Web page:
State orders a Chinese-state owned Syngenta Seeds to divest ownership of Arkansas farmland

China-state owned is reason

Arkansas Attorney General Tim Griffin addresses the media Feb. 17 during a press conference in Little Rock.
(File Photo/Arkansas Democrat-Gazette/Stephen Swofford)
Arkansas Attorney General Tim Griffin addresses the media Feb. 17 during a press conference in Little Rock. (File Photo/Arkansas Democrat-Gazette/Stephen Swofford)

Attorney General Tim Griffin announced Tuesday he is ordering a Chinese-state owned company to divest its ownership of farmland in Arkansas.

Syngenta Seeds, LLC, a company that makes genetically modified corn, wheat, soybeans, vegetable and sunflower seeds, owns about 160 acres of farmland in Craighead County through a subsidiary, Northrup King Seed Co., according to the Attorney General's Office.

In May 2017, China National Chemical Corporation, also known as ChemChina, acquired 80.7% of the company's shares according to a Syngenta news release. The company lists its legal addresses in Wilmington, Del., and Basel, Switzerland, according to its federal disclosure, saying "the landowner entity" changed from Switzerland to China in 2017. In 2022 the U.S. Department of Defense listed ChemChina as a Chinese Military Company that operates in the United States.

At a news conference at the State Capitol on Tuesday, Gov. Sarah Huckabee Sanders said the Arkansas land Syngenta's subsidiary uses is for seed research and that its landholdings in northeast Arkansas are a major security concern.

"Seeds are technology," Sanders said. "Chinese-state owned corporations filter that technology back to their homeland, stealing American research and telling our enemies how to target American farms. That is a clear threat to our national security and to our great farmers."

The state's move to force Syngenta to divest its landholdings in Arkansas is the first such action taken since a newly passed state law took effect. Act 636 prohibits certain "prohibited foreign-party-controlled business" from owning agriculture land in Arkansas. Countries that are banned from owning farm land in the state are listed under the federal International Traffic in Arms Regulations, which includes China.

"Syngenta is disappointed by today's announcement by the State of Arkansas about a bill that was passed in April. Nothing new was announced today," a Syngenta spokesperson said in a statement. "The order for Syngenta to divest itself of 160 acres of agricultural land in Craighead County, which the company has owned since 1988, is a shortsighted action that fails to account for the effects of such an action, intended or not, on the U.S. agricultural market."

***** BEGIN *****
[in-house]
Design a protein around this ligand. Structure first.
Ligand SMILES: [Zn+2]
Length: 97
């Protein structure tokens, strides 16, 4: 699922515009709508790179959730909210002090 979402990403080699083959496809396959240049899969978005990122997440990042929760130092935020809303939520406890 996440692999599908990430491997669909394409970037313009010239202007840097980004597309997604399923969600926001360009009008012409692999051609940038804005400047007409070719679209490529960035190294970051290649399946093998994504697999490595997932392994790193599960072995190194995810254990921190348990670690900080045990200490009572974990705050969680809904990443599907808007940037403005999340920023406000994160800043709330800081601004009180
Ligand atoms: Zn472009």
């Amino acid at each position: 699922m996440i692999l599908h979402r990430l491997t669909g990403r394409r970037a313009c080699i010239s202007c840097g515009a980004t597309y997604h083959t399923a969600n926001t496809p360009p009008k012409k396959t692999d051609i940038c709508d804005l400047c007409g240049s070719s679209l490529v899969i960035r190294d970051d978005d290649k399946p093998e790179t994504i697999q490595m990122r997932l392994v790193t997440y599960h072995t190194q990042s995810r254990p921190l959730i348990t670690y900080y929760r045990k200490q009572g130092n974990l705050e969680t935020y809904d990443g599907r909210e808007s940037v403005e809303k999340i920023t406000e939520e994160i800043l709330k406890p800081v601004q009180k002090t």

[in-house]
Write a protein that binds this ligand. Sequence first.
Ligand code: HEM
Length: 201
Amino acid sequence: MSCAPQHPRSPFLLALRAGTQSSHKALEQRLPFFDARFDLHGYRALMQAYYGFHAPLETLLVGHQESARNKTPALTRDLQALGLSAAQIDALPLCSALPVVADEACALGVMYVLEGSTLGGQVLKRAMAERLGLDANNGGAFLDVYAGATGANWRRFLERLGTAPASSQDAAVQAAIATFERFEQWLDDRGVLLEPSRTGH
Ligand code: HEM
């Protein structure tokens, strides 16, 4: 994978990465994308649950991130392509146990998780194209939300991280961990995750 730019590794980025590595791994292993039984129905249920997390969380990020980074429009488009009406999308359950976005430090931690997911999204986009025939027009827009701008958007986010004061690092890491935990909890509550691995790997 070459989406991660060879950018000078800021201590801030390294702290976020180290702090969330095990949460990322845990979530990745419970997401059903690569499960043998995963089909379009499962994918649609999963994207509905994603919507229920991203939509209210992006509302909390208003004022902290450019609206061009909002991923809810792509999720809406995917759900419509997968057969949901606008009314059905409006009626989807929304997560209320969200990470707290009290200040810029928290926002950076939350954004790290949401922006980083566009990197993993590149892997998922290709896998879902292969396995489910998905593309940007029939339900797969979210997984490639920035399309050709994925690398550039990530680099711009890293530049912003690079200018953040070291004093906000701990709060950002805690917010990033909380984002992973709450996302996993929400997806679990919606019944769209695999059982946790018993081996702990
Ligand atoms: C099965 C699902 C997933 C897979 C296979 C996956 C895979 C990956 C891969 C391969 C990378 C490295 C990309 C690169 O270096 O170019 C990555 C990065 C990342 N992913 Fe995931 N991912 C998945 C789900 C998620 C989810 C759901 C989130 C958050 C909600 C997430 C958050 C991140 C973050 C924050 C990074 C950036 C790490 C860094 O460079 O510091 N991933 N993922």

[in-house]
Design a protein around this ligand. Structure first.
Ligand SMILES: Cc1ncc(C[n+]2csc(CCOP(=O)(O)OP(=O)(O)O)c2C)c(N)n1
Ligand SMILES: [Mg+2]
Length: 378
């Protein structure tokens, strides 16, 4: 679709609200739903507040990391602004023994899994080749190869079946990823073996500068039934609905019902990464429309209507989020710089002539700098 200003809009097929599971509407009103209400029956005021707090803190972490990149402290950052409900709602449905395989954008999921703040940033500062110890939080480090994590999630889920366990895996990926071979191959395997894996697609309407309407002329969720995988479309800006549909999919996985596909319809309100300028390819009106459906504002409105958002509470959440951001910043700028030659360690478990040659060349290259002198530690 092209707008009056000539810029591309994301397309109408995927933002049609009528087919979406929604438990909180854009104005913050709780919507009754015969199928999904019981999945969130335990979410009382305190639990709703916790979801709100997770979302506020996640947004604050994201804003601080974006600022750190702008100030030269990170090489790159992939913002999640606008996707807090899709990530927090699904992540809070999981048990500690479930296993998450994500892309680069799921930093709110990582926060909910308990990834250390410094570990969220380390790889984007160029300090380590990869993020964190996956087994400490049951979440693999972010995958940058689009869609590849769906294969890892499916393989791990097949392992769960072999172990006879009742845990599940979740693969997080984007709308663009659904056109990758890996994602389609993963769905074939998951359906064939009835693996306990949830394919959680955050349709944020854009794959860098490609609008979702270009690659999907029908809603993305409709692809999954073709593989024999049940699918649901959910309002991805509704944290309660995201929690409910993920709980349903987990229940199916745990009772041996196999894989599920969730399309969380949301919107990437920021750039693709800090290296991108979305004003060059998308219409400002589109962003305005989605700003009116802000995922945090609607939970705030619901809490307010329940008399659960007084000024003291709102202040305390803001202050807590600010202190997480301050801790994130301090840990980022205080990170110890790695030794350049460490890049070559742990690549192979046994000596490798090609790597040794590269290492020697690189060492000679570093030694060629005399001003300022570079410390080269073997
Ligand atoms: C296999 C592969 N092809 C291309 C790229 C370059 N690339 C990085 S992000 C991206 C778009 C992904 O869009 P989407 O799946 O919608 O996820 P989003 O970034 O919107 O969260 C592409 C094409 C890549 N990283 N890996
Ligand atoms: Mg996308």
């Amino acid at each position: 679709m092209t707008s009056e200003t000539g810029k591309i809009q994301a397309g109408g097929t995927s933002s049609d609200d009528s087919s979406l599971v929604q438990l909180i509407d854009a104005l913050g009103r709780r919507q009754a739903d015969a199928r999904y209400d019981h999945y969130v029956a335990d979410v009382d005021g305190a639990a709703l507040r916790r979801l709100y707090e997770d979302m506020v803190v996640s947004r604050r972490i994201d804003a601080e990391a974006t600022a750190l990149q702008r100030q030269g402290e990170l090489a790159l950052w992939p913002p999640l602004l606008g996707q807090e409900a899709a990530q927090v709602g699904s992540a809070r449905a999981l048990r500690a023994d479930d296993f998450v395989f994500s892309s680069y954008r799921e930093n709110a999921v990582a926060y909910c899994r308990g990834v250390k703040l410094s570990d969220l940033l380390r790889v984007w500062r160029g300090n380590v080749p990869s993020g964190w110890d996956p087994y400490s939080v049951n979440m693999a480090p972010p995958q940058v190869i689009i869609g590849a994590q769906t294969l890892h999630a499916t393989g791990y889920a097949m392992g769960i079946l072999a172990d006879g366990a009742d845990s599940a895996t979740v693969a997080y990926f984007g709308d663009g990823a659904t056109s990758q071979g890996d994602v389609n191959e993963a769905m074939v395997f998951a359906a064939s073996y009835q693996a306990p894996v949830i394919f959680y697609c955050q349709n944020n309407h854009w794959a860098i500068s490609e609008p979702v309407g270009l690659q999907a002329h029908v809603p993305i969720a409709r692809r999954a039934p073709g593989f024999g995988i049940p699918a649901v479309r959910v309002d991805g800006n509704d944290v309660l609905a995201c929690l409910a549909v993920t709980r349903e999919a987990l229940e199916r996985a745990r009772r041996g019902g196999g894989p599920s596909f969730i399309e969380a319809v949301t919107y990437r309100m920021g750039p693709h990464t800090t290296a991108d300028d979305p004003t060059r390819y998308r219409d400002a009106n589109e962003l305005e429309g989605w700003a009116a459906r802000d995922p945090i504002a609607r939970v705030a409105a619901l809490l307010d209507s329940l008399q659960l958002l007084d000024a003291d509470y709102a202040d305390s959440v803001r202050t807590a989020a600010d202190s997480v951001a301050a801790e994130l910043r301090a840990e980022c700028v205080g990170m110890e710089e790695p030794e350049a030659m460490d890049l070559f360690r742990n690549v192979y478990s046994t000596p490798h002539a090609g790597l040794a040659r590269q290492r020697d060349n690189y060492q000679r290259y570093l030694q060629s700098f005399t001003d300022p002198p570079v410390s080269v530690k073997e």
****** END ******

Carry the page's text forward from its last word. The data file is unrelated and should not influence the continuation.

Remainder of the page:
Under Act 636, the Arkansas Department of Agriculture reports ownership of agricultural land by a "prohibited foreign-party-controlled business" to the Attorney General, who can initiate legal action in circuit court.

Griffin said the company has about two years to divest its stake in Arkansas land before the state will force a change in ownership. The attorney general also announced he is imposing a $280,000 civil penalty on the company, which is 25% of the land's value, for failing to timely disclose its ownership, according to a news release.

"I thank Secretary Wes Ward and the Department of Agriculture for their help in obtaining information to assist my office in determining the ultimate foreign owners of this land in Craighead County," Griffin said in a news release. "It is this kind of teamwork across state government that will help us all continue to protect the interests of Arkansans for generations to come."

Syngenta said in an email that its land holdings are examined by the federal government and that it uses the land to develop and test its products. The company also said after "an internal review" it updated its federal disclosure after its change in ownership and filed a copy with the state of Arkansas.

"No one from China has ever directed any Syngenta executive to buy, lease, or otherwise engage in land acquisition in the United States," a Syngenta spokesperson said.

Micah Brown, staff attorney at the National Agricultural Law Center, called Tuesday's announcement the first attempt by a state to make a Chinese-owned company divest its landholdings.

"This is the first time that we've seen some kind of foreign ownership law enforcement action," Brown said in a news release. "There's been a lot of attention on states enacting these laws, but there wasn't much enforcement action, if any at all."

Brown said laws targeting foreign ownership of American land is nothing new, but rising tensions between the United States and China, along with other nations, had led to a wave of new state laws limiting state-owned actors from owning farms.

"Most of the 2023 enactments were directed towards what I call the 'Big Four: It's China, Iran, North Korea and Russia," he said.

Sanders said the law was not targeted at Americans who may also have Chinese or Russian citizenship, but those "who pledge allegiance to a hostile foreign power."

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